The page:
Sir Jeremy Heywood: spending cuts will last for 10 years
Britain could be facing a decade of spending cuts, the country’s most senior civil servant said on Wednesday night.
By Christopher Hope, and Bruno Waterfield in Brussels
10:00PM BST 20 Jun 2012
Sir Jeremy Heywood, the Cabinet Secretary, said that work to balance the public finances was only a quarter of the way to completion.
He told civil servants at the Institute for Government: “We are 25 per cent through fiscal adjustment. Spending cuts could last seven, eight, 10 years.”
The Coalition’s cuts started in 2010, so that timetable could see public spending squeezed until 2020.
The Coalition had originally promised to clear the structural deficit, a persistent imbalance between government spending and receipts, in five years, starting in 2010.
Last year, George Osborne, the Chancellor, had to admit that an additional two years of cuts and tax rises would be required, extending the austerity era beyond the next election. Since then, the economy has slipped back into recession, eroding tax revenues and pushing up spending on welfare. Sir Jeremy’s warning suggests that the whole of the next parliament could be dominated by efforts to balance the public finances.
The Cabinet Secretary’s prediction is the first official confirmation of warnings from independent economists that the current cuts programme would not be enough. Earlier this year, the OECD said the Coalition’s current austerity programme would be insufficient to bring the debt down to “prudent” levels. Despite the Coalition’s programme of spending cuts and tax increases, the national debt is to rise from 72 per cent of gross domestic product this year to 76 per cent in 2014-15. Debt will peak at £1.5 trillion in 2016-17.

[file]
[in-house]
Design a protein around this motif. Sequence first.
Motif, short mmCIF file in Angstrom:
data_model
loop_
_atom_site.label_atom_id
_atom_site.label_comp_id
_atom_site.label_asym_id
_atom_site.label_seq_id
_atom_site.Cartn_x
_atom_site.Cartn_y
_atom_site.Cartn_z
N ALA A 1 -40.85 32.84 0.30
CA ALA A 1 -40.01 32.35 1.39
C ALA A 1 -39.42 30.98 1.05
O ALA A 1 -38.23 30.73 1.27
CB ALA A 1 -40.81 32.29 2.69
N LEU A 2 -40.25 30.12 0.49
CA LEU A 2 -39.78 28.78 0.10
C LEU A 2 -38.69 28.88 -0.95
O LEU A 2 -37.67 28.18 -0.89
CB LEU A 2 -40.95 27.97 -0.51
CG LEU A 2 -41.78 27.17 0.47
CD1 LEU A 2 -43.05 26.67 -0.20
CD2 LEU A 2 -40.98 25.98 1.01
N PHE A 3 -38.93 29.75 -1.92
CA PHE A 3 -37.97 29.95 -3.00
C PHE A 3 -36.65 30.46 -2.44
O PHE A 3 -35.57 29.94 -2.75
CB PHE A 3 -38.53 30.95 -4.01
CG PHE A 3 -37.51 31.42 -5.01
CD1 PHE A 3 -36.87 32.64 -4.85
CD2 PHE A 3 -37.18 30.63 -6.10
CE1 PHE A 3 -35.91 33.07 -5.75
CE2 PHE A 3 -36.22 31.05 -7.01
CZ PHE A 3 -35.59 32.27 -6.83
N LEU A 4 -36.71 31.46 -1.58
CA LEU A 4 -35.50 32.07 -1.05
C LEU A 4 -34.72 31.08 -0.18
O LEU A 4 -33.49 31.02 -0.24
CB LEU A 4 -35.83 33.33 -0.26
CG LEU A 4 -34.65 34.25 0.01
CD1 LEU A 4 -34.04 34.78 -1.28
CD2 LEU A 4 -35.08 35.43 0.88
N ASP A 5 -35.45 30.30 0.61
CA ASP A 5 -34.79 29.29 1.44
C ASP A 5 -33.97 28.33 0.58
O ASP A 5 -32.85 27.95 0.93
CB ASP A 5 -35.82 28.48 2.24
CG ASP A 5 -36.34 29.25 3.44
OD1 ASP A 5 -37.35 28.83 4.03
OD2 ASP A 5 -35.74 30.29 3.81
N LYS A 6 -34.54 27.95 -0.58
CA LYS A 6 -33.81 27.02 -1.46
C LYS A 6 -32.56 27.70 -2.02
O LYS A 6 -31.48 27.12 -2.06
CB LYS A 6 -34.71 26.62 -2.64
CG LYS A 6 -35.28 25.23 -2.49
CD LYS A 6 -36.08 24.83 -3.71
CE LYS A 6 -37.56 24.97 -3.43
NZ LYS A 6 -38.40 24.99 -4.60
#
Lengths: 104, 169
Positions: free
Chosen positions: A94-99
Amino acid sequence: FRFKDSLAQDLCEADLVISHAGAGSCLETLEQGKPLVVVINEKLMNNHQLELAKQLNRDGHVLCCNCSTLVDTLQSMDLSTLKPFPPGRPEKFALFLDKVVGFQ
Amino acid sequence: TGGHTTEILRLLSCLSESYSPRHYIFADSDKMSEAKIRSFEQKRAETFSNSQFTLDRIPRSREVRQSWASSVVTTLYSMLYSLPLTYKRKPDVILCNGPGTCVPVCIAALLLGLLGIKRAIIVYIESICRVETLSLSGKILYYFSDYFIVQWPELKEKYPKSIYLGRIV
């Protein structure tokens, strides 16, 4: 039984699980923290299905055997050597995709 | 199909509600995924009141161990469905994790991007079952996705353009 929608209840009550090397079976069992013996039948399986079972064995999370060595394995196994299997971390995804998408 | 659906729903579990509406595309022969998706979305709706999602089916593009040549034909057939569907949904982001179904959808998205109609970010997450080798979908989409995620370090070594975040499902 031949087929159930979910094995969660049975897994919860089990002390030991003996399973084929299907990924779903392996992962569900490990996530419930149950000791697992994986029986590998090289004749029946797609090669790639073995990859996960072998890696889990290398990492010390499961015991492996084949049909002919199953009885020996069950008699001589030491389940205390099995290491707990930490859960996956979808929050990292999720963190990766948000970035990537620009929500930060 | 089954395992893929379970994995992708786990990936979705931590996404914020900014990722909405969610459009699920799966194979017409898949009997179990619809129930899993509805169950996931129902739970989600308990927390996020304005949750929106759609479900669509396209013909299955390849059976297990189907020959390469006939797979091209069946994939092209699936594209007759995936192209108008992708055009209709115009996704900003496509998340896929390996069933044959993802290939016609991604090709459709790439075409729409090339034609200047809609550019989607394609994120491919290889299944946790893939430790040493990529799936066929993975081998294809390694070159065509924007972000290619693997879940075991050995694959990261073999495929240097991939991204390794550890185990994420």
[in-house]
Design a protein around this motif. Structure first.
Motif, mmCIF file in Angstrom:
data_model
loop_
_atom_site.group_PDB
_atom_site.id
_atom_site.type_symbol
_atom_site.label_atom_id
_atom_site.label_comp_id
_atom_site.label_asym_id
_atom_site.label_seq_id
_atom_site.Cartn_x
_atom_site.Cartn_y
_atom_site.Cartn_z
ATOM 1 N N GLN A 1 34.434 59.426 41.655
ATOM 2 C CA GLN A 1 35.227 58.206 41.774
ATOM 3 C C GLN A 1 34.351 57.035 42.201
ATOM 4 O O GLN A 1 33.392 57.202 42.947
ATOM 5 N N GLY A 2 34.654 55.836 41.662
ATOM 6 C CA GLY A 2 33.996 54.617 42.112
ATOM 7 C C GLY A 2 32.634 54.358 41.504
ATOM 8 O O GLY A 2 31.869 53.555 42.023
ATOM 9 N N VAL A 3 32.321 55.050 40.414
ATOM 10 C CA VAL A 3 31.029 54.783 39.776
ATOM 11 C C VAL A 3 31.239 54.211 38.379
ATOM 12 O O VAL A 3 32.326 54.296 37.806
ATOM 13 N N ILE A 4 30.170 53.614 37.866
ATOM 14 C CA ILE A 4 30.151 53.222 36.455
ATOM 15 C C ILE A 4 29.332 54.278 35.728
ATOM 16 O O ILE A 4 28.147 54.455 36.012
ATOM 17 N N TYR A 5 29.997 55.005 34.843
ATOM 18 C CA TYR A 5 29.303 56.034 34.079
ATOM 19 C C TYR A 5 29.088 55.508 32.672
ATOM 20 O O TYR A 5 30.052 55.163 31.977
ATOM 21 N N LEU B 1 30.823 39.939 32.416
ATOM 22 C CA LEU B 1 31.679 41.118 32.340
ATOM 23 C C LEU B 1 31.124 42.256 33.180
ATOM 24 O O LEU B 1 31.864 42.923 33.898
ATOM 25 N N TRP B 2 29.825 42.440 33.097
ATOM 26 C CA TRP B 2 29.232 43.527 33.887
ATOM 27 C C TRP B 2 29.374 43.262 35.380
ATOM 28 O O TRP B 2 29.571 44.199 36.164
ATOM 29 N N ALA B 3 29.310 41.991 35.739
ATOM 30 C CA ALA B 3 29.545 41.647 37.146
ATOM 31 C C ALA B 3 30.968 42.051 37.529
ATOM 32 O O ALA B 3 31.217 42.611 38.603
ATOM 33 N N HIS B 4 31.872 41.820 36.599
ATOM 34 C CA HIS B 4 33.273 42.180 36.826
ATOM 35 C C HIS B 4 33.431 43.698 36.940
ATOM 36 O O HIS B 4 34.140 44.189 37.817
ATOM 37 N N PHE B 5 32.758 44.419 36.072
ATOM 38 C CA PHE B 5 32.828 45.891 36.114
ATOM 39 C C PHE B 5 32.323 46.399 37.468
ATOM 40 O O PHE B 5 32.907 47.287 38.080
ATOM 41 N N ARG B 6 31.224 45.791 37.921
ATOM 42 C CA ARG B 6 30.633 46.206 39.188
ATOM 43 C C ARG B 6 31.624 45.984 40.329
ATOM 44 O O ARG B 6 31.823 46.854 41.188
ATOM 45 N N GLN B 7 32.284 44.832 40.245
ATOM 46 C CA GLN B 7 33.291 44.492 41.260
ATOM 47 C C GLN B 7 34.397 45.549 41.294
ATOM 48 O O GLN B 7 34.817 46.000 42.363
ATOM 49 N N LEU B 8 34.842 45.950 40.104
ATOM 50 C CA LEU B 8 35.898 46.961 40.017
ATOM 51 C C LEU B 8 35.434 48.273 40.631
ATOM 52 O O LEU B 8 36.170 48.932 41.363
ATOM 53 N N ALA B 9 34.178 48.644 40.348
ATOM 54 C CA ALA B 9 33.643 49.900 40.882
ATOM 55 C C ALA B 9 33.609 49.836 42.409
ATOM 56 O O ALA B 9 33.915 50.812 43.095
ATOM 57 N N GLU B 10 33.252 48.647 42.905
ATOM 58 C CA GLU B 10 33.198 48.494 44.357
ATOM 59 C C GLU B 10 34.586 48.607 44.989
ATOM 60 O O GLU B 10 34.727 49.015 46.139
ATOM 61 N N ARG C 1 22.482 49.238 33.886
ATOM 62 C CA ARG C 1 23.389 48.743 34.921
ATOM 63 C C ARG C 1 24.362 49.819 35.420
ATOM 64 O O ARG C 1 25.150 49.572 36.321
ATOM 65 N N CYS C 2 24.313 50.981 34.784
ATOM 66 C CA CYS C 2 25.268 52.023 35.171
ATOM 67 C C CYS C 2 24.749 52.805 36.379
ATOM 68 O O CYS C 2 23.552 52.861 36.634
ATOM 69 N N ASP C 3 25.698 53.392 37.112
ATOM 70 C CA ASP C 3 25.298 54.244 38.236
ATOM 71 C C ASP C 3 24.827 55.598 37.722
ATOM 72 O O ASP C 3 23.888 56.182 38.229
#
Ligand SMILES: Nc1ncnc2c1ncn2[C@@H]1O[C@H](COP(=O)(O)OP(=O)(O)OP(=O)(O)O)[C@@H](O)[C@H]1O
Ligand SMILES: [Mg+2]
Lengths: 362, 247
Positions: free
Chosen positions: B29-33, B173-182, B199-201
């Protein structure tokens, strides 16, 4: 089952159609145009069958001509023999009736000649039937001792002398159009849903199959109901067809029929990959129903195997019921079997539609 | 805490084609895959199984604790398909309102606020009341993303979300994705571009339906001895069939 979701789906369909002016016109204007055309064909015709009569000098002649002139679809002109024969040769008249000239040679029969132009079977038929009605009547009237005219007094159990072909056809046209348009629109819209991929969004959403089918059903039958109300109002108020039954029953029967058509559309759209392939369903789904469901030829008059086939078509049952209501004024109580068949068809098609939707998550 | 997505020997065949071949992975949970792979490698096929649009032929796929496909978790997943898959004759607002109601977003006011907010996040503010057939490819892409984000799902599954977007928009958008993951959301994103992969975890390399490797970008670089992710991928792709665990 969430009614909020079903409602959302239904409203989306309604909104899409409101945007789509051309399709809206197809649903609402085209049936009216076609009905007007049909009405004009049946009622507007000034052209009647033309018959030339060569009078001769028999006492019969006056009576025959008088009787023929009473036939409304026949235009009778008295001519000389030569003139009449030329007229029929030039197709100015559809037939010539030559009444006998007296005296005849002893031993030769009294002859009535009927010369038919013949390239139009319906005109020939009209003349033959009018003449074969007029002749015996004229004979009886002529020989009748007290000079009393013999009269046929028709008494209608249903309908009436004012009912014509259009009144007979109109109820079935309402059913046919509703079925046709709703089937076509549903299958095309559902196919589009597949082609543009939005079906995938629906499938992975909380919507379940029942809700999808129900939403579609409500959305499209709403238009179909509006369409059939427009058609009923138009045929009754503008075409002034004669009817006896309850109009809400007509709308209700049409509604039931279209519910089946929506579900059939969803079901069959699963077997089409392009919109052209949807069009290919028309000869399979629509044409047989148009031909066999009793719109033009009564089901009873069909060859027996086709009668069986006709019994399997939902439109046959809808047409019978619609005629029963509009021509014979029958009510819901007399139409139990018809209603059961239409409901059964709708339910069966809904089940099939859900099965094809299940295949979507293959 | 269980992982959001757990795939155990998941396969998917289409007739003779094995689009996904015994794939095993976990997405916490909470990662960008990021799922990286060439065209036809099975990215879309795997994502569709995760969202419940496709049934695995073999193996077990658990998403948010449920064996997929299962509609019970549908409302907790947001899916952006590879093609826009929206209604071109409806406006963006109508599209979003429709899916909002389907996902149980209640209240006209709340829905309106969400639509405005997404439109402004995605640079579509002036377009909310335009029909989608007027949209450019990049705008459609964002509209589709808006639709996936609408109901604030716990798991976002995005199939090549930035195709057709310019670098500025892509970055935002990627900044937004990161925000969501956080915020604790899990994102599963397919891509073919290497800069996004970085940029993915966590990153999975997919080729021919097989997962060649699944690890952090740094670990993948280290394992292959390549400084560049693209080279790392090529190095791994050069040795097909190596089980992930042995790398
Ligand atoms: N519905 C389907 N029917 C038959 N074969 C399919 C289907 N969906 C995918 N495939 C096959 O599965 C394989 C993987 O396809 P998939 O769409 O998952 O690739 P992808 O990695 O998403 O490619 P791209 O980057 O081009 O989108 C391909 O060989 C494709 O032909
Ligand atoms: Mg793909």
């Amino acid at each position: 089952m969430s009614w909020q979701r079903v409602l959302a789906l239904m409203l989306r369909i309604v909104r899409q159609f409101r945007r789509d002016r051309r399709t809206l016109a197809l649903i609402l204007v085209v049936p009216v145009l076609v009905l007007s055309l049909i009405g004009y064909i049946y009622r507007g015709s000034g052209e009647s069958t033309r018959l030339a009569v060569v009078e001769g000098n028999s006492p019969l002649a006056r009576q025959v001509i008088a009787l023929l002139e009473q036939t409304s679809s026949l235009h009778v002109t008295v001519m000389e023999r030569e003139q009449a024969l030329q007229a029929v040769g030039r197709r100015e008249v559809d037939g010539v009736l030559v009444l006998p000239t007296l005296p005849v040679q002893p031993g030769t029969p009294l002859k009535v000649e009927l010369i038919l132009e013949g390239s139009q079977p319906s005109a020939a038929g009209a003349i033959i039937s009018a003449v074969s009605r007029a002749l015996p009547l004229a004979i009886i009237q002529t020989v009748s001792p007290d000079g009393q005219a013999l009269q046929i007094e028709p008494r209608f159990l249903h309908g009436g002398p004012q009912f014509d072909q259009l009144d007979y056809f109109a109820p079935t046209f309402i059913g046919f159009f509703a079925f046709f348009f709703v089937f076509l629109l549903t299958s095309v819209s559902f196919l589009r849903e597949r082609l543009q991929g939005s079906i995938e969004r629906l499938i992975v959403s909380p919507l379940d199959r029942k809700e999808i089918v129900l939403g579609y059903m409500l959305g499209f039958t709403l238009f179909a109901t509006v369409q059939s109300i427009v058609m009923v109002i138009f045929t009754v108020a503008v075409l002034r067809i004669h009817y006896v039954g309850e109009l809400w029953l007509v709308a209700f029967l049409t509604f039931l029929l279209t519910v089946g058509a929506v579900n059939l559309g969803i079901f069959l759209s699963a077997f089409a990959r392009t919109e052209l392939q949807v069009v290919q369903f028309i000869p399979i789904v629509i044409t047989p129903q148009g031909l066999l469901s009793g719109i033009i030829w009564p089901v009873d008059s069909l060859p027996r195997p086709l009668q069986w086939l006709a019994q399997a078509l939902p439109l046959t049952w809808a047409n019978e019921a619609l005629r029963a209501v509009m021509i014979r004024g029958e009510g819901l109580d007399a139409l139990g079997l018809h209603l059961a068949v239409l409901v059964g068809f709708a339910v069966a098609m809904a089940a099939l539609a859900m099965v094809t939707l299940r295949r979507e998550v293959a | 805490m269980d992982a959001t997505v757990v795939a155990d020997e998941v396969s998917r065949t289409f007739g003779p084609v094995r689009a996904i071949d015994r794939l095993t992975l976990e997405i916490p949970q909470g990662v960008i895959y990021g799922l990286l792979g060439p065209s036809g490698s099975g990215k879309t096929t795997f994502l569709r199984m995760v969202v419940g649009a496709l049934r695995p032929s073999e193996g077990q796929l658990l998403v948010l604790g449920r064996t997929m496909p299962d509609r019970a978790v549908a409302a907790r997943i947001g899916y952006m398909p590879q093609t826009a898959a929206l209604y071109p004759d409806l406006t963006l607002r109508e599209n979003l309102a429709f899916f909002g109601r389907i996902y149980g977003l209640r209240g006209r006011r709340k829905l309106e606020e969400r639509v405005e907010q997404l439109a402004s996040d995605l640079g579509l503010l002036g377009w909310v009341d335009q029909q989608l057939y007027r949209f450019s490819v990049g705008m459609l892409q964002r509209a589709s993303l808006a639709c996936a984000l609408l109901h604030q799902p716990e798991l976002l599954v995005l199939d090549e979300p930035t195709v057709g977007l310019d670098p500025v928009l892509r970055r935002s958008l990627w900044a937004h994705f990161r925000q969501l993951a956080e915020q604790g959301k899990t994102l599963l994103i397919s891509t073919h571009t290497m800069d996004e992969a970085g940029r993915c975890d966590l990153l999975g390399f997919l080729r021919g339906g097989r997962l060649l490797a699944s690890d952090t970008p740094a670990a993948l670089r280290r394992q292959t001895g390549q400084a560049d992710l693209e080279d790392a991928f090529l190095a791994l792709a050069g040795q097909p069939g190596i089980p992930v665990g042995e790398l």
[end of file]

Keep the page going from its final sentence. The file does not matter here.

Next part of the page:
Sir Jeremy said civil servants were ready for the challenge of more cuts. “They know that they are part of the economy-wide attempt to get the fiscal deficit down, and where weaknesses have been identified, they have got to be addressed,” he said.
Mr Osborne last week blamed the eurozone crisis for stifling the British economic recovery.
There were hopes of a breakthrough in the crisis this week with signs that EU leaders would agree a £600 billion bid to rescue struggling eurozone members.
But the European Commission warned that the plan was merely a “financial paracetamol” and could not heal the single currency’s fundamental troubles. Mr Cameron, meanwhile, spoke of his “frustration” at eurozone leaders’ slow progress on resolving the crisis.
World leaders meeting in Mexico this week discussed a plan to use the EU’s bail-out funds to buy the bonds of struggling eurozone members in an effort to reduce their borrowing costs.
But Angela Merkel, the German Chancellor, on Wednesday night dashed those hopes, insisting there were “no concrete plans” for a bond-buying rescue bid.